Review by Cliff Lummus, Photos by Lucas Armstrong
There are three constants in an ever-changing world that the people of Atlanta can look forward to every summer: sunny skies, Braves baseball, and 311.
Rolling in fresh off a set at the House of Blues in Myrtle Beach, South Carolina, 311 changed things up for their Atlanta fans quite a bit for their summer tour.
Over 90 percent of 311’s Atlanta concerts in the past decade have been at Aaron’s Amphitheater at Lakewood. For the 2014 tour, 311 dropped the humid, summer sundown setting of a 19,000 occupancy, sprawling, generic venue sellout for two packed-house back-to-back nights on Thursday and Friday at The Tabernacle, one of Atlanta’s most intimate and distinctive concert venues. With a scant capacity of 2,600, tickets for either show were a hot commodity, with the Friday date selling out several weeks in advance and Thursday following quickly.
The lucky 311 faithful that were able to snag tickets for either date got the chance to swap their usual mile-away lawn space for the up-close-and-personal experience that is The Tabernacle.
On Thursday, a healthy line of fans formed early in the front of the red brick converted church, clamoring for both a spot at the front of the line and any place out of the mid-afternoon sun.
By early evening, the crowd had swelled around the corner of Luckie Street and around the block. Despite the heat, the crowd was upbeat and passed the time swapping stories of past shows and wish lists for the night’s setlist. Once inside the three-level, stack-balconied building, the floor and upper balcony were quick to fill.
The only thing more varied than 311’s set lists are their opening acts. Past artists to share the stage in Atlanta run the gamut of hip-hop, rock, and reggae including The Offspring, The Wailers, Snoop Dogg, English Beat, and G Love & Special Sauce. For the 2014 tour, 311 added a new category by having DJ Soulman warm up the crowd with a fun mix of custom beats over new and classic tunes crossing several genres. More than the stereotypical “press play and then try to look busy”, DJ Soulman also served as emcee for the night, keeping the crowd fired up before 311 took the stage.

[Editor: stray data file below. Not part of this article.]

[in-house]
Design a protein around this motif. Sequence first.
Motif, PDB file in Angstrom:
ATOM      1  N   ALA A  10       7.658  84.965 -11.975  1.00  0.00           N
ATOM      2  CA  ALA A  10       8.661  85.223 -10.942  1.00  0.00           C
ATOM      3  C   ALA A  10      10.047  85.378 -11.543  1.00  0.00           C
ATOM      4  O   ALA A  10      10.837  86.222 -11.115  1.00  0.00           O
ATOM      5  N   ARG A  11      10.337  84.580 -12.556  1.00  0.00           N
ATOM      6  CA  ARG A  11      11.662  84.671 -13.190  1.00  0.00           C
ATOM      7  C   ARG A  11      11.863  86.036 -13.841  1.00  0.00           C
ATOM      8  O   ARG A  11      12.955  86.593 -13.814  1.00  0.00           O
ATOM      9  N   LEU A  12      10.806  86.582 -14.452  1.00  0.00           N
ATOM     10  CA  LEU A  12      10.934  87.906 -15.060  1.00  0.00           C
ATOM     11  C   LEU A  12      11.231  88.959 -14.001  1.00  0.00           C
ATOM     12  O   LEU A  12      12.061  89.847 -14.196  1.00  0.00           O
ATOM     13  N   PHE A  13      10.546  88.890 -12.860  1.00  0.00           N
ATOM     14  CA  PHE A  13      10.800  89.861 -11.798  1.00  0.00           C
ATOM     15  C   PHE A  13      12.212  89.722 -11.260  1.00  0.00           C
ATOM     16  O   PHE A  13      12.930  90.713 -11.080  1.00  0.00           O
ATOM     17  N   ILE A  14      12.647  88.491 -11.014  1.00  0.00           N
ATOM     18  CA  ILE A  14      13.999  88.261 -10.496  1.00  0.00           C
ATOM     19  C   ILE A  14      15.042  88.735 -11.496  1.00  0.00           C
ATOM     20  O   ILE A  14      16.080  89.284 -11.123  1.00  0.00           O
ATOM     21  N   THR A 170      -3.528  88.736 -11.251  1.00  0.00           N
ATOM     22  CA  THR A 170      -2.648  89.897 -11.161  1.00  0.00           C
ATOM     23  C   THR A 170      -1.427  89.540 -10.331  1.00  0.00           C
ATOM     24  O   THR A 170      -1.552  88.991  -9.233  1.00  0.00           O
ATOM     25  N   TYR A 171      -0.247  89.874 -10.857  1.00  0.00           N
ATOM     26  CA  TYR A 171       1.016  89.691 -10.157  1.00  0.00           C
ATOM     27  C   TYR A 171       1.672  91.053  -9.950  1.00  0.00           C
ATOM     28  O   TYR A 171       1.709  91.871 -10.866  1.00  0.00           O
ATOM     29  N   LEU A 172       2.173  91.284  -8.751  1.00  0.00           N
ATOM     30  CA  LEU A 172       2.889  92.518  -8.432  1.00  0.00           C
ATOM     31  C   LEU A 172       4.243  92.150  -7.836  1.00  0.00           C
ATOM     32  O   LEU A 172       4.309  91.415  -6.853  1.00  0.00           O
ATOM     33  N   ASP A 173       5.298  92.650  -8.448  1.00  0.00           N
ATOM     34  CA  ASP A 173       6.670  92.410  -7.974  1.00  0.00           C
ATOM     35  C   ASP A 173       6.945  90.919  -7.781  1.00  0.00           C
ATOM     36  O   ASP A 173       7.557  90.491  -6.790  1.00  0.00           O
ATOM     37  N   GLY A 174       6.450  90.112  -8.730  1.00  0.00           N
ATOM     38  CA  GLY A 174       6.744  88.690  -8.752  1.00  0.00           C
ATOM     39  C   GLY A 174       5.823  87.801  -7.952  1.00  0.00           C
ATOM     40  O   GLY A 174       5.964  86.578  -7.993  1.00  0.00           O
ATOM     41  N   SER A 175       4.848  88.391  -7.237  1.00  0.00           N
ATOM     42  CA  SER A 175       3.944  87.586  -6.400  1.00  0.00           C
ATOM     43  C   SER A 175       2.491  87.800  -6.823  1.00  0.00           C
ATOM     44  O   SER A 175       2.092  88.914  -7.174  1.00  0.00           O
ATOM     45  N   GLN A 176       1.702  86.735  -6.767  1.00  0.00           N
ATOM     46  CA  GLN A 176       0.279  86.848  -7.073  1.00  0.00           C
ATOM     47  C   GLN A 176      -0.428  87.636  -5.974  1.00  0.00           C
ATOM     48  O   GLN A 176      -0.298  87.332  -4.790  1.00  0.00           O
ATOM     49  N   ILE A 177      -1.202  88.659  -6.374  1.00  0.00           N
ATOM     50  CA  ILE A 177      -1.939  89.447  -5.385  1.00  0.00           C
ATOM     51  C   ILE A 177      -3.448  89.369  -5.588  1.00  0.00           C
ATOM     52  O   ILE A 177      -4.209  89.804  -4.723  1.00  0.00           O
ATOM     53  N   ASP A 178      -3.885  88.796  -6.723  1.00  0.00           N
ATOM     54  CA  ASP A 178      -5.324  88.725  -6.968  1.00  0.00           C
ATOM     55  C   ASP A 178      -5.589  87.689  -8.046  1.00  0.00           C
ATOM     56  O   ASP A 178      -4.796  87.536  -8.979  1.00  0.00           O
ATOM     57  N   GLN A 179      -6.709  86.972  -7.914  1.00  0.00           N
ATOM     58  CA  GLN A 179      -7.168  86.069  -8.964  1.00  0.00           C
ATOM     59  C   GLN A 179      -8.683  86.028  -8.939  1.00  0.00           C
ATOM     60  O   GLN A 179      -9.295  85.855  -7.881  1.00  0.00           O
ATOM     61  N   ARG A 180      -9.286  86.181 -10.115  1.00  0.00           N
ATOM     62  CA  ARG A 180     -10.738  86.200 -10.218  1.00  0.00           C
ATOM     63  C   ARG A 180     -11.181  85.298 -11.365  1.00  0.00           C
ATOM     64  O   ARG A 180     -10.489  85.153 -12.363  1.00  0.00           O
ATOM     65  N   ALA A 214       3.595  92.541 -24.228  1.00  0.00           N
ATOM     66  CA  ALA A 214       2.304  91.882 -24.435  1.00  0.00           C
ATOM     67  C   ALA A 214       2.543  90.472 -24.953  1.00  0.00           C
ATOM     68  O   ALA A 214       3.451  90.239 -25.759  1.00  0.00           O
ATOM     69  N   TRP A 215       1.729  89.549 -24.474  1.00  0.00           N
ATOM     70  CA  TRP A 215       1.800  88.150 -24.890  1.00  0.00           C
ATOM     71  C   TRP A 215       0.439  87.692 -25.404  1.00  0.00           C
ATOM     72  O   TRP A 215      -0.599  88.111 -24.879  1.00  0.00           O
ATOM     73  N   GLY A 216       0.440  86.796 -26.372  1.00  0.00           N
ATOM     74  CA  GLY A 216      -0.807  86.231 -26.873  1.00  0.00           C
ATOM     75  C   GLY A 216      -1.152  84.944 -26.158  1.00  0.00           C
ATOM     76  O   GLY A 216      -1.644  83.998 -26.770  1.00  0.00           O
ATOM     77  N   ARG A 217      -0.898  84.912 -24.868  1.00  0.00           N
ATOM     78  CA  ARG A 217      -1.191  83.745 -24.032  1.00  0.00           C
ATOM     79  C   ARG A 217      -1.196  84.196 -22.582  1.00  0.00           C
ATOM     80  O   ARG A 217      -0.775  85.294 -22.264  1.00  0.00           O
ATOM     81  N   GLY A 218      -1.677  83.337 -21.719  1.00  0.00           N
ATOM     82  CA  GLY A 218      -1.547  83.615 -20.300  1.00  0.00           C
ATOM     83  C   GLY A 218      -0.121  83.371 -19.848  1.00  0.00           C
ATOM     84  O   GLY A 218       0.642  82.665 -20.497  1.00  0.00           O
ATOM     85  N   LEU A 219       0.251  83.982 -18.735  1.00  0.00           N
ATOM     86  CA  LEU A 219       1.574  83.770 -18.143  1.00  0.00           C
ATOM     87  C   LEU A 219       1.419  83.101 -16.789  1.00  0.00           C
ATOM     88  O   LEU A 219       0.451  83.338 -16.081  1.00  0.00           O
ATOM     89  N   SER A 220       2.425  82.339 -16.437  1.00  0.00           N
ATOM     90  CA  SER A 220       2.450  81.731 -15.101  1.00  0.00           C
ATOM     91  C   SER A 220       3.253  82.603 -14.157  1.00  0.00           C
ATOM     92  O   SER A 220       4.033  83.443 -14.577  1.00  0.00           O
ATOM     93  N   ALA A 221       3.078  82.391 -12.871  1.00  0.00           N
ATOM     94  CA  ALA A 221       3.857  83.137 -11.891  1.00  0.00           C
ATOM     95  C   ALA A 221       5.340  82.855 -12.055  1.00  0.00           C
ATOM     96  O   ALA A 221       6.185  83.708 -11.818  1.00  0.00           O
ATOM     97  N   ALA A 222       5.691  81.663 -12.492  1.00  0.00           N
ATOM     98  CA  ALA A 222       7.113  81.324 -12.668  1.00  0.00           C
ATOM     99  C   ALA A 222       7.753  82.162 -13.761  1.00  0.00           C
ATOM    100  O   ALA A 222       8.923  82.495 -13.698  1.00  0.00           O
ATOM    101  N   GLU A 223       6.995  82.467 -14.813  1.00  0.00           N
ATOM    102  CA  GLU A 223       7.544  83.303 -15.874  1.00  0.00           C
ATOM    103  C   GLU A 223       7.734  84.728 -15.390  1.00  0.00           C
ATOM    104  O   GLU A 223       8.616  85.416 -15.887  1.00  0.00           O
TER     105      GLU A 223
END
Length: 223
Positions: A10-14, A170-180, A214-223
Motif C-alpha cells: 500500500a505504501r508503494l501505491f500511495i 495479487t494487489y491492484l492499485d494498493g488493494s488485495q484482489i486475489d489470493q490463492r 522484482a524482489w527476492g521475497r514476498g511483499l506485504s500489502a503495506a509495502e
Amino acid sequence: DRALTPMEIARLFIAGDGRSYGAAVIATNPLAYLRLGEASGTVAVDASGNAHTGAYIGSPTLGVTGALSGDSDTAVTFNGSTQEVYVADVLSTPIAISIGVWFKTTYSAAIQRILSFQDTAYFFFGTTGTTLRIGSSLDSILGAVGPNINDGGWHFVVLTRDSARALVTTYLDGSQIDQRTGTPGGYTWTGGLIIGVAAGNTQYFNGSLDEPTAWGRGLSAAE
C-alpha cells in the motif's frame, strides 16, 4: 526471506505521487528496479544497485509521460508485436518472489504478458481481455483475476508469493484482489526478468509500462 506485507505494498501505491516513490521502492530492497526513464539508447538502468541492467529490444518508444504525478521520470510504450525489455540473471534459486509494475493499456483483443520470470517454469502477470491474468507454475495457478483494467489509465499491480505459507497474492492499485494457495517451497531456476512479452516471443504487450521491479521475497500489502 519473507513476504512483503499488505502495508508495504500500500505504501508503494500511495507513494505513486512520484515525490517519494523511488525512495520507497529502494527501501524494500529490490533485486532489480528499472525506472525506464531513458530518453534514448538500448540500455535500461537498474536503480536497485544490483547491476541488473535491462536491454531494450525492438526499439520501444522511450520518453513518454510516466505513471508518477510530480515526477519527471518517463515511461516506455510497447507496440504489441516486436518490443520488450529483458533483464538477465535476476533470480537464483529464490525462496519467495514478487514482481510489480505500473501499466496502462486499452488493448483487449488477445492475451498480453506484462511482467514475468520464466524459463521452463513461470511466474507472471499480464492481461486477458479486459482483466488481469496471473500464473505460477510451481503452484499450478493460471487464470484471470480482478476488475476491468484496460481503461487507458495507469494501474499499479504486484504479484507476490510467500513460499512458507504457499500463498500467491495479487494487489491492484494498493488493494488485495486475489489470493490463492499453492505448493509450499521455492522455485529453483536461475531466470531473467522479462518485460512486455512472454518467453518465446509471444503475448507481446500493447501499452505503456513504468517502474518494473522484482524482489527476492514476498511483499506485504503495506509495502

With nowhere for the sound to go, the enthusiastic crowd erupted as 311 came on. The Thursday show was live-streamed for free on Yahoo Screen, and for the larger mass audience, 311 pulled out a peppered mix of several of their better-known hits (“Beautiful Disaster” as the opener, “Do You Right,” “Amber,” “All Mixed Up” and “Love Song”) before closing out with as pitch-perfect and hard-rocking a version of “Down” as the band has played in years as an encore.
Though the venue changed up for this tour, there were plenty of familiar sights for 311 fans including the always-impressive Chad Sexton drum solo and the all-band standing drum performance woven seamlessly into “Applied Science.” There were also new gems worked in, most notably the smooth, near-virtuosic bass solo by fan-favorite P-Nut on his lit-neck five-string.
Friday night, fans had to fight a little harder for their right to party on the way to the show. Downtown Atlanta around the Tabernacle was a sea of activity. In addition to the usual torture that is Atlanta Friday rush-hour traffic, incoming 311 fans had to contend with dueling Israel/Palestine rallies on Marietta Street and a surprise private Lady Gaga concert next door at Centennial Olympic Park.
Once parked and out of the madness, fans were rewarded with a much breezier, less-humid wait outside. The line formed denser and even quicker than Thursday, with a thick rope of fans anxious to see what night two held in store.
On stage at 9:00 on the dot, the band wasted no time hitting hard with the amped-up opener “Don’t Stay Home,” which had the floor heaving and balconies bouncing from minute one. From the outset, this was not the energy level expected of a 20-plus-year-old band on their fourth consecutive night of performing. The pace was quick, firing from one song straight into another throughout the night.
Whereas Thursday had many more flowing, mellow songs (“Amber,” “Love Song,” etc.), Friday reached back to much of the earlier hard-rocking 311 that swelled the live audiences of the ‘90s. A third of the 24-song Friday show set were lifted straight from Music, Grassroots and 311 (aka the blue album).
For the fans that showed up for their first chance to hear the new releases live, 311 didn’t disappoint. Seven of the 22-song Thursday playlist came from Stereolithic, the band’s most recent offering that was released on 311 Day (March 11th). Combined with the Friday set, the band played the 15-song album in its entirety.
Speaking of the Friday combination, fans that were lucky enough to get passes for both nights were not short-changed. The shows each night were neither abbreviated nor repeated. In fact, the only song replayed on both nights was “Applied Science,” setting up the drum solos, with Chad Sexton using the opening of the Friday solo to cue an impromptu Braves tomahawk chant. The Thursday and Friday night shows combined for 45 different songs spanning every 311 album before the crowd finally let the band off stage. It was four hours of music not to have been missed.
The Summer tour picks back up on Sunday at the Soul Kitchen Music Hall in Mobile, Alabama before heading west to close out July with three straight performances in Texas.